Discuss about the ACC320 Contemporary Issues in Accounting.
This study examines the extent to which corporate governance should be concerned with the interests of stakeholders more than that of shareholders, increase in provision of sustainability reporting and believe of accountants in sustainability reporting, (Amran and Ooi,2014, pp.38-41). Due to increases in levels of public awareness on roles played by firms in terms of weather changes, companies have been forced to incorporate non-financial reporting in their financial statements. The corporate governance management is supposed to inform their stakeholders on reporting about environmental, social and economic performance.
Sustainability reporting has become a normal practice which is driven through by potential values of business and is generated by improved stakeholder reporting and statement. Stakeholders are more concerned in understanding performance and approaches used by companies while managing sustainability reporting (Deegan and Gordon, 1996, pp.187-199). There is no universally accepted description of sustainability reporting but it simply implies to a business entity reporting on economic, social and environment performance. Sustainability is the same as corporate responsibility reporting (CSR) and reporting on triple bottom line (Hahn and Kuhnem2013, pp.5-21). Non-financial reporting is more widespread due to the fact that, its reporting affects the material performance of companies and also the stakeholders demand the disclosure of sustainability reporting in their financial statements.
Organizations produce non-financial information voluntarily. The voluntary production of these reports implies that the stakeholders might behave opportunistically and therefore not incorporate poor non-financial information in their sustainability reports. In order for organizations to produce good quality sustainability reports and reduce the behavior of opportunistic stakeholders, corporate governance of those firms should be able to come up with rules and techniques that help in monitoring the activities of the stakeholders. Sustainability reporting is done internally in organizations while corporate governance is done externally. The pressures exerted to the stakeholders by corporate governance will push the organizations to be more responsible in non-financial reporting and consequently giving high level quality of information. Higher level of concern by corporate governance on stakeholders’ increase reports on sustainability by accounts and increase its provision, (Minan, Hickox and Gimiliano,2011, np).
This research positively contributes to literature about corporate governance and voluntary non-financial reporting in numerous ways (Tirole, 2001, pp.1-35). First, a lot of literatures have been researched concerning corporate governance and sustainability reporting. Those literatures do not provide empirical evidence in unfolding the relationships that exists between, sustainability reporting of accountants and the concern of corporate governance with the stakeholders. This study ventures in explaining the interrelationships that exist between corporate governance concern with stakeholders and sustainability reporting. It also endeavors to find out if the provision for sustainability reporting has increased. Secondly, this study complements literature in that the research method employed in this research has not been used in performance of any research. The other types of research majorly involve the level of sustainability and the quality of sustainability reporting instead of focusing on the level of reporting and how it can be improved. Lastly this study contributes to literature in that in terms of valuing and determining the level of concern the managers need to put on stakeholders so as to produce sustainable report and to find out if the provision of sustainable reports have increased, different variables are used and this will help in producing quality results.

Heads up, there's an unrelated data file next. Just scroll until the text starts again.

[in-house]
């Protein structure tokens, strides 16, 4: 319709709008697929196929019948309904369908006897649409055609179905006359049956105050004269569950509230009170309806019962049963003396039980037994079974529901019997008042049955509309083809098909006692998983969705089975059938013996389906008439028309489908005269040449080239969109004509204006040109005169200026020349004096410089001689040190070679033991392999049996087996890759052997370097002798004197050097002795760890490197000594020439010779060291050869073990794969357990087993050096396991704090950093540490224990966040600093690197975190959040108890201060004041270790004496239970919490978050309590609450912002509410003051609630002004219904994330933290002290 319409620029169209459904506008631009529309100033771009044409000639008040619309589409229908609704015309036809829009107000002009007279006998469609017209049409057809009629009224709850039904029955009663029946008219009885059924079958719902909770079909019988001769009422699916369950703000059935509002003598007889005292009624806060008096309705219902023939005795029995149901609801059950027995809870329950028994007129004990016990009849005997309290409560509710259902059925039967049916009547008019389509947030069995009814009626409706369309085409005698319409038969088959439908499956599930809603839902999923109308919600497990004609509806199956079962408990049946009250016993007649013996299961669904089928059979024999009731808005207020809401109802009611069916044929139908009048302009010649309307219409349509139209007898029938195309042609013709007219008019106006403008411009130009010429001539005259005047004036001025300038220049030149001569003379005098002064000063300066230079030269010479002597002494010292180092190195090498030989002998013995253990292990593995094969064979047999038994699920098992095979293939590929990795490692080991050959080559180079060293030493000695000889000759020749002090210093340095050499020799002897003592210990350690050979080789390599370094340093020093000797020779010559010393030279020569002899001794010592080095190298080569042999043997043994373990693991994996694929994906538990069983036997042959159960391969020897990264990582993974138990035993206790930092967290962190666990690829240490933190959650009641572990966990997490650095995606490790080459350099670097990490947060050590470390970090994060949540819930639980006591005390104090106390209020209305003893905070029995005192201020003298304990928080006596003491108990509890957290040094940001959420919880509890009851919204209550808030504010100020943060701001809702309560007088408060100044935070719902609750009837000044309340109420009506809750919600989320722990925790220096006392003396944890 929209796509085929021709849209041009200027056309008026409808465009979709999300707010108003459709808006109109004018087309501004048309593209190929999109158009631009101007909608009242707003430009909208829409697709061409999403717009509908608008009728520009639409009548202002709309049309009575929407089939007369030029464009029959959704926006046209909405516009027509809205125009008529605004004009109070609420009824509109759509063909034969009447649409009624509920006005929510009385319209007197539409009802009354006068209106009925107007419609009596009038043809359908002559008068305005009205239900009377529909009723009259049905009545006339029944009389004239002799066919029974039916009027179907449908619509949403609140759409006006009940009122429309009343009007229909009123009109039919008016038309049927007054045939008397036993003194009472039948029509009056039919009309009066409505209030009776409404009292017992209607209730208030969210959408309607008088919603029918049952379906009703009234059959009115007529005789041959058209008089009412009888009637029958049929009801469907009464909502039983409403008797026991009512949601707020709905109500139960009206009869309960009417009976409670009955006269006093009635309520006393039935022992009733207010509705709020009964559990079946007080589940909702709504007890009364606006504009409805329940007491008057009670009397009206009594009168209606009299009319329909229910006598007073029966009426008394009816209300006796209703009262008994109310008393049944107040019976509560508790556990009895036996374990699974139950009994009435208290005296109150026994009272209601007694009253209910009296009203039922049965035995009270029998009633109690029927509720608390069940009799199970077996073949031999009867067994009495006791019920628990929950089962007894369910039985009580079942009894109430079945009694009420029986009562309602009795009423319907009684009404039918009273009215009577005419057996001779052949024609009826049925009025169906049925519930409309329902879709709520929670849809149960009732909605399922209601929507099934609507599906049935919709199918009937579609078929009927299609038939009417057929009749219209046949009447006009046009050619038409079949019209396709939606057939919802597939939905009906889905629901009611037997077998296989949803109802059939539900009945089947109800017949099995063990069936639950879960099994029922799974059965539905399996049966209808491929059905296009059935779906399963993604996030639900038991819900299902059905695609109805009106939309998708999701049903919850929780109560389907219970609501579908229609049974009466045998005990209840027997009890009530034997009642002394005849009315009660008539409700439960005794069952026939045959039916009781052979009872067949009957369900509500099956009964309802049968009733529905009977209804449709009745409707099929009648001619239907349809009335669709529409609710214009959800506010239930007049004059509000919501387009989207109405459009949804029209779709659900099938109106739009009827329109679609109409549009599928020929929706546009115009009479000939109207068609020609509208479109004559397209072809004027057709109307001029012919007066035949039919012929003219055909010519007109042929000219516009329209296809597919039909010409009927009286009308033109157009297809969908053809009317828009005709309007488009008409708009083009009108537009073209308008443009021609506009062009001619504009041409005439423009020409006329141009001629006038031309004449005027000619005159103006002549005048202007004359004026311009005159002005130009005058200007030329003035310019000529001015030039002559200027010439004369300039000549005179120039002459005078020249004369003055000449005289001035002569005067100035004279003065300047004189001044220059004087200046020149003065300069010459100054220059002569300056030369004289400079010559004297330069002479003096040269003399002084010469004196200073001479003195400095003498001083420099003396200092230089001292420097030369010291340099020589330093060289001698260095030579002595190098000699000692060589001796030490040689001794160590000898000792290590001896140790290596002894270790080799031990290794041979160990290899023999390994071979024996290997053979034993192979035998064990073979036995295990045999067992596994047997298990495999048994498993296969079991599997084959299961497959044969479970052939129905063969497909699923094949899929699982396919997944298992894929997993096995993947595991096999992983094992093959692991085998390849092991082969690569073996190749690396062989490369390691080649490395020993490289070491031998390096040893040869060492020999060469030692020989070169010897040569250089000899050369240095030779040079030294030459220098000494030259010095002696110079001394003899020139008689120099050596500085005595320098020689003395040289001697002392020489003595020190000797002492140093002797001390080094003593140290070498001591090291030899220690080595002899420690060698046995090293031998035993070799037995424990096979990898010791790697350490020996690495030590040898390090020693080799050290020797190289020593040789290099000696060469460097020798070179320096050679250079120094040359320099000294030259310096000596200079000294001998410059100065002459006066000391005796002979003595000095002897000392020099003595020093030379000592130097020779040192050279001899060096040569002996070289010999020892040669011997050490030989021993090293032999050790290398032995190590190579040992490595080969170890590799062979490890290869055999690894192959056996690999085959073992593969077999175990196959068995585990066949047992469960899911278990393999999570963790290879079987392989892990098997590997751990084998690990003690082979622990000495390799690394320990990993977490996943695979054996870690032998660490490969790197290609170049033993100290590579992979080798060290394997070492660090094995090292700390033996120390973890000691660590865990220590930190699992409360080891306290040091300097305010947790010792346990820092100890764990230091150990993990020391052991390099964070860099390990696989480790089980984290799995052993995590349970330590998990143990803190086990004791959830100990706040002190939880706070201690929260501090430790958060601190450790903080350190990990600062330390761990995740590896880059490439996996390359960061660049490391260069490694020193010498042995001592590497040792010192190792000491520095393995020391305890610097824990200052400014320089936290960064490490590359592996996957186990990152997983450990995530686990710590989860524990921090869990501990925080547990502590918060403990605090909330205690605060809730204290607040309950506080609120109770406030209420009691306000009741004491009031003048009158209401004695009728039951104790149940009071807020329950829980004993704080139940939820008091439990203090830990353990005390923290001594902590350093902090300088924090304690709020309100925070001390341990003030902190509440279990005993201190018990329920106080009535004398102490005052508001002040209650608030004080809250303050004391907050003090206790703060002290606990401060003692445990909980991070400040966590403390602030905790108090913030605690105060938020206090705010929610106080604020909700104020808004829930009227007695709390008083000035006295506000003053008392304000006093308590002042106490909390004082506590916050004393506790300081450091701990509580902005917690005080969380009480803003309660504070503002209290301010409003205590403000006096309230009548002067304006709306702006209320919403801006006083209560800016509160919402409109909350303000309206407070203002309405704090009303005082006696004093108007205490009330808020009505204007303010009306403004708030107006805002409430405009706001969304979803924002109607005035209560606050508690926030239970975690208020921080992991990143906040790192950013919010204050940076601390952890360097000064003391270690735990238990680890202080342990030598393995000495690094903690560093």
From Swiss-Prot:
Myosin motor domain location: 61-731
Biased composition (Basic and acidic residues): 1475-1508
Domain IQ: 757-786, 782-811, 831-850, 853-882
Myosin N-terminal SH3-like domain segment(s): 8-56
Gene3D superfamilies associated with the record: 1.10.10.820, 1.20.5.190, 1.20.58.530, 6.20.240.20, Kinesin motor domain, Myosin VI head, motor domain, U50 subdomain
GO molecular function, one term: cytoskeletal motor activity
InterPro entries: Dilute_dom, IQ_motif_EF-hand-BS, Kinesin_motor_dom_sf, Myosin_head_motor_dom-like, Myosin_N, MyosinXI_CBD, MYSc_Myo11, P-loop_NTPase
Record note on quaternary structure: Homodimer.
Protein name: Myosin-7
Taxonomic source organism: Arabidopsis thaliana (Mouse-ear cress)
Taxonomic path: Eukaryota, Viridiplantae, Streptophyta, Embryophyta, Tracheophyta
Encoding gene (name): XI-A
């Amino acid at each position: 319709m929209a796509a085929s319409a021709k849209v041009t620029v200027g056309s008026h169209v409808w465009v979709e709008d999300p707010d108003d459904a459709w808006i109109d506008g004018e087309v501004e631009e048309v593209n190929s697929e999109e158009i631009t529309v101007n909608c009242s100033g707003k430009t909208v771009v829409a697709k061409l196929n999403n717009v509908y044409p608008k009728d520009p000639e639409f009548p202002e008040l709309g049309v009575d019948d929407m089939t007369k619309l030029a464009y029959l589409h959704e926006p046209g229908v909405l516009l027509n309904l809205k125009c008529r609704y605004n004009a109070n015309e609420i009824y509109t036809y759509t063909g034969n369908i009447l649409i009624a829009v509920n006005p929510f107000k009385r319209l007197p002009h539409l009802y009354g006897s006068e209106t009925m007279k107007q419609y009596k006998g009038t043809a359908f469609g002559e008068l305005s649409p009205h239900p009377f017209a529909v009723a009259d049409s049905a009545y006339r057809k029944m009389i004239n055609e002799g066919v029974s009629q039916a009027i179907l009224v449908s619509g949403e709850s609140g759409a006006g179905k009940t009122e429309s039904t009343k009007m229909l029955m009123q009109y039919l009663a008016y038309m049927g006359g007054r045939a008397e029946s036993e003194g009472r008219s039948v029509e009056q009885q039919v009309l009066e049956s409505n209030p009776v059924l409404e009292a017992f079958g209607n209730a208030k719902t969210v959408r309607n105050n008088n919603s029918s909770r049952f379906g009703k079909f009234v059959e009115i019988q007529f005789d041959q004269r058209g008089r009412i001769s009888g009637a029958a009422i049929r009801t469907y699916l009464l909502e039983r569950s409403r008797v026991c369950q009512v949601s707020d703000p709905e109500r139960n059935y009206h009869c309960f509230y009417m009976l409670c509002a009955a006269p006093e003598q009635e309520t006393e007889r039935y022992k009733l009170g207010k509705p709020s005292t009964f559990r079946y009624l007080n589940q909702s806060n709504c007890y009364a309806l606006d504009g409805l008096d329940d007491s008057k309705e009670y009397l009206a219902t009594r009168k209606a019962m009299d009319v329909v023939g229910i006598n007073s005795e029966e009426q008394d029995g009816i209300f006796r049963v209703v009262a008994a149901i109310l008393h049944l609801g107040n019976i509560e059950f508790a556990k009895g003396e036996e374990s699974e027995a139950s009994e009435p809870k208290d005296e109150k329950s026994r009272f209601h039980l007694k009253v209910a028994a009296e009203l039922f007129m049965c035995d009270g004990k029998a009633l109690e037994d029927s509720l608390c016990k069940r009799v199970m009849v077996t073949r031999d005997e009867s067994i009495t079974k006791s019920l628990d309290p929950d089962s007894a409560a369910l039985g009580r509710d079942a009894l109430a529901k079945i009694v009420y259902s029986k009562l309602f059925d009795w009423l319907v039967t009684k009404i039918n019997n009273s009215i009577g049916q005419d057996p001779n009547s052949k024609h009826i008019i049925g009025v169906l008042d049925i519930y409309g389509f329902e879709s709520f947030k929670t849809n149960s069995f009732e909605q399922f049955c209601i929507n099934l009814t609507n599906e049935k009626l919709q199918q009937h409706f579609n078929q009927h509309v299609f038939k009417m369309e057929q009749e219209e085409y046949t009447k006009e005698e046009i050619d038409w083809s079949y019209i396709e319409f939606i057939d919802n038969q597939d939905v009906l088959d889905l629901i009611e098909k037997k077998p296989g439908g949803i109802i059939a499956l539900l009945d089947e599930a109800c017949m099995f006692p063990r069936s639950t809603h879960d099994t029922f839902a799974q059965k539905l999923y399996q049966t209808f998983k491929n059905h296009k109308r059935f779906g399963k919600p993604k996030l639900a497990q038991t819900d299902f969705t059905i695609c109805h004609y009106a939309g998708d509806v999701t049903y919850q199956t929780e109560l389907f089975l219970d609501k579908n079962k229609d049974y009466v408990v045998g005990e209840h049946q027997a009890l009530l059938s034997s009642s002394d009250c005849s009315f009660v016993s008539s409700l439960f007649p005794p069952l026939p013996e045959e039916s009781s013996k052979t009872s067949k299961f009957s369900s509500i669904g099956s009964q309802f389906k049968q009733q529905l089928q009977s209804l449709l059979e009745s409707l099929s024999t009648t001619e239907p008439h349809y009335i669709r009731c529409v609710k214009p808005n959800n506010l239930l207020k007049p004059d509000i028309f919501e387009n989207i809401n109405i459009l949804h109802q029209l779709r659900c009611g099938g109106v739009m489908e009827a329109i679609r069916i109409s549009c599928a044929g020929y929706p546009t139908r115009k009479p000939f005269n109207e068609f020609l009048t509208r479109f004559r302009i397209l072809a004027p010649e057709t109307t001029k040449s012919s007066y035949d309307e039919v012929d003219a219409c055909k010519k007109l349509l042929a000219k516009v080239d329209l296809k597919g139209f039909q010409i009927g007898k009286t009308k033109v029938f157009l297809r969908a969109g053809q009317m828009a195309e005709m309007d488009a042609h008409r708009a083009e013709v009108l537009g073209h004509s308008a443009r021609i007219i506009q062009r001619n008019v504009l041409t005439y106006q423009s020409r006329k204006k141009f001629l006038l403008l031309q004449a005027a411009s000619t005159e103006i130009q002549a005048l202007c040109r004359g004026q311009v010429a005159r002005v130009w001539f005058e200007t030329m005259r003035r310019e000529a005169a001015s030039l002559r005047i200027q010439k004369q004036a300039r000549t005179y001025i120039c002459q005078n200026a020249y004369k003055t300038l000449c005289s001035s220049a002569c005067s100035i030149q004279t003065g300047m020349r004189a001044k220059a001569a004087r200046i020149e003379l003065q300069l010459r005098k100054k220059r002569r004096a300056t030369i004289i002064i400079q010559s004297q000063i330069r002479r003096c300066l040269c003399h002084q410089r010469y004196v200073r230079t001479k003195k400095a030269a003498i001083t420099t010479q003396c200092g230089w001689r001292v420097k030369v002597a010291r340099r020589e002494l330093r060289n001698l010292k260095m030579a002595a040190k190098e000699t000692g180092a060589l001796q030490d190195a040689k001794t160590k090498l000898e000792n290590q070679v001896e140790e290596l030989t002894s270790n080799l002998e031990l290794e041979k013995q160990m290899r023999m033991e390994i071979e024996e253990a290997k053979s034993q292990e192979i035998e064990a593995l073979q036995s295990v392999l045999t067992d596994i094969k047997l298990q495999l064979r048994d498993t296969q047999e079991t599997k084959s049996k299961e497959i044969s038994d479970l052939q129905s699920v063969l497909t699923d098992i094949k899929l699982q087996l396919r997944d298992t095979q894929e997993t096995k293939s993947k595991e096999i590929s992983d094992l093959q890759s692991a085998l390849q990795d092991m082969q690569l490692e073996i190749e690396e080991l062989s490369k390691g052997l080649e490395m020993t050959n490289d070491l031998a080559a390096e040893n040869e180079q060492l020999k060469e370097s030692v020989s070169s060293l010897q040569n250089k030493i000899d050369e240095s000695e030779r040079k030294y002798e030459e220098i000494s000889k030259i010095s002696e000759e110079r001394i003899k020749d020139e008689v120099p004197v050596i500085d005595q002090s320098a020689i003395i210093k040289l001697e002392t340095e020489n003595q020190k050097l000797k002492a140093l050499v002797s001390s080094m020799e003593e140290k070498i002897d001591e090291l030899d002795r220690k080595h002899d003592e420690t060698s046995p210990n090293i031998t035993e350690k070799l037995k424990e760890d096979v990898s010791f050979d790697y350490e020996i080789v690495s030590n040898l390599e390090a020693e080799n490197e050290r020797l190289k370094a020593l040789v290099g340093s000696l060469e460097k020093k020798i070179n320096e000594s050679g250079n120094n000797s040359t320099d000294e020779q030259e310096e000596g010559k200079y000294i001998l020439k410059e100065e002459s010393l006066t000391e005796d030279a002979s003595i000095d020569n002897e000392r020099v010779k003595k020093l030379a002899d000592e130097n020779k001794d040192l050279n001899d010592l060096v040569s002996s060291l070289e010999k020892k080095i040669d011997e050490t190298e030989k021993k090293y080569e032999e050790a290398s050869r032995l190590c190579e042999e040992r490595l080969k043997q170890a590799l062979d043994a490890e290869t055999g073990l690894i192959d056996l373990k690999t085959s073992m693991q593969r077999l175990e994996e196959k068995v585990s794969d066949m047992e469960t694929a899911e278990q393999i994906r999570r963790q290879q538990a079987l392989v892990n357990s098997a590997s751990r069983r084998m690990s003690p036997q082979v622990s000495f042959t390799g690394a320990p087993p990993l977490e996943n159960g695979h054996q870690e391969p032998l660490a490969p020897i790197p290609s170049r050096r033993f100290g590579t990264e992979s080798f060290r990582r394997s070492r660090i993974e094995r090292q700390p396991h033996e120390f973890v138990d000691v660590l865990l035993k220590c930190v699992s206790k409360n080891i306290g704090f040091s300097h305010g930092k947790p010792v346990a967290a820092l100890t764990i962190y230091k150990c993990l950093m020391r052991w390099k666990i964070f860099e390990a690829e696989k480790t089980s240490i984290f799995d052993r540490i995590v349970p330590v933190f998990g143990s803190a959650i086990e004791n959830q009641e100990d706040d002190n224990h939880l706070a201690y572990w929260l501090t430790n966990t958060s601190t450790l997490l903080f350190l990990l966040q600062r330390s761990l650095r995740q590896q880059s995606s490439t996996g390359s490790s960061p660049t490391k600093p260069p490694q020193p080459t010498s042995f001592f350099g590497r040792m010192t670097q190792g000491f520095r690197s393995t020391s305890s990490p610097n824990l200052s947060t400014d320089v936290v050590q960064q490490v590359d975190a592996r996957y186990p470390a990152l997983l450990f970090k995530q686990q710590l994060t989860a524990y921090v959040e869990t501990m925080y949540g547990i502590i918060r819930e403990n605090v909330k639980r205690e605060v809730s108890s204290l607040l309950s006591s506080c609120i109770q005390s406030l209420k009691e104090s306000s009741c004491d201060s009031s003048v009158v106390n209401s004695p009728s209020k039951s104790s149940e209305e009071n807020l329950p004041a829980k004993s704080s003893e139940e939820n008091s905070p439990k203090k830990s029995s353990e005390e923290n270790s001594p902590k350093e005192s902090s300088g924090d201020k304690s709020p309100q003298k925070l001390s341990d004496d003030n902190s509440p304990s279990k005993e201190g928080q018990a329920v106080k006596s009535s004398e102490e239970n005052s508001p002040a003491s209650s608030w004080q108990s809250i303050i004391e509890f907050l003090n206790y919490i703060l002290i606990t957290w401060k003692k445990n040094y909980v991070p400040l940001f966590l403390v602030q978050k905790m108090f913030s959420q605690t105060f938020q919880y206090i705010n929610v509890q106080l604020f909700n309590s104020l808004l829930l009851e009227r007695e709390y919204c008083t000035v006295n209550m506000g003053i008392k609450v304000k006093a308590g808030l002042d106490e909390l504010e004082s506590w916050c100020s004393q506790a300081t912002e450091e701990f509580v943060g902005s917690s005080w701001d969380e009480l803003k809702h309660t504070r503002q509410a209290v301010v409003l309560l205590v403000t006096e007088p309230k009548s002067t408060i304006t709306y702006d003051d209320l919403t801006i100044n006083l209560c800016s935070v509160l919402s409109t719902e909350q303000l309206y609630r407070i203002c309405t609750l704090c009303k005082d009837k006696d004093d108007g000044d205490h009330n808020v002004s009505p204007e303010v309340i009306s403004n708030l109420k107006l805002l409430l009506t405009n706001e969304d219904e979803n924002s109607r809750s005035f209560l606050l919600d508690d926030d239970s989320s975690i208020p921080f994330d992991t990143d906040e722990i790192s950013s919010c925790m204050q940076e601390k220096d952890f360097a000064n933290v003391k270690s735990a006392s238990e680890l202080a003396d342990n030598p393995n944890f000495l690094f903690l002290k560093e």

Voluntary Disclosure theory on Sustainability Reporting
According to agency theory, the stakeholders have capacity to reduce information asymmetry on non-financial reporting through producing sustainability reports. In the contrary, publishing these reports gives the stakeholders room for manipulation of these reports by avoiding to include information which may temper with the image of their organizations. According to (Friedman 2007, np), engagement of the stake holders in corporate social responsibility in terms of non-financial reporting gives rise to what is known as agency problems. The stakeholders and shareholder’s problem arise because the stakeholders always want to publish reports which will enable them develop in their careers, boost the image of the organizations and also develop in their political careers. The stakeholders do these things at the expense of shareholders who demand reliable presentation of non-financial information. In order to remove agency problems while reporting on non-financial reporting, corporate governance should be more concerned on stakeholders more than in shareholders by setting up mechanisms and exerting pressure on the stakeholders so as to be able to increase the provision of sustainability reporting and increase the believes of accountants on sustainability reporting.
Sustainability reporting is important to many companies and it also assist investors in decision making. Stakeholders now believe in nonfinancial reporting. In order to come up with good sustainable report we focus on the internal features of the reporting process. If firms want to produce good sustainable reports they should have good corporate governance who put up good mechanisms to help achieve the operational goals and control the stakeholders so as to reduce conflict of interest. Nonfinancial information is good to both the firm and the investors who read the sustainability reports. Having good quality sustainability information will mean that the firm has good corporate governance, good management and accountants who believe in sustainability reporting.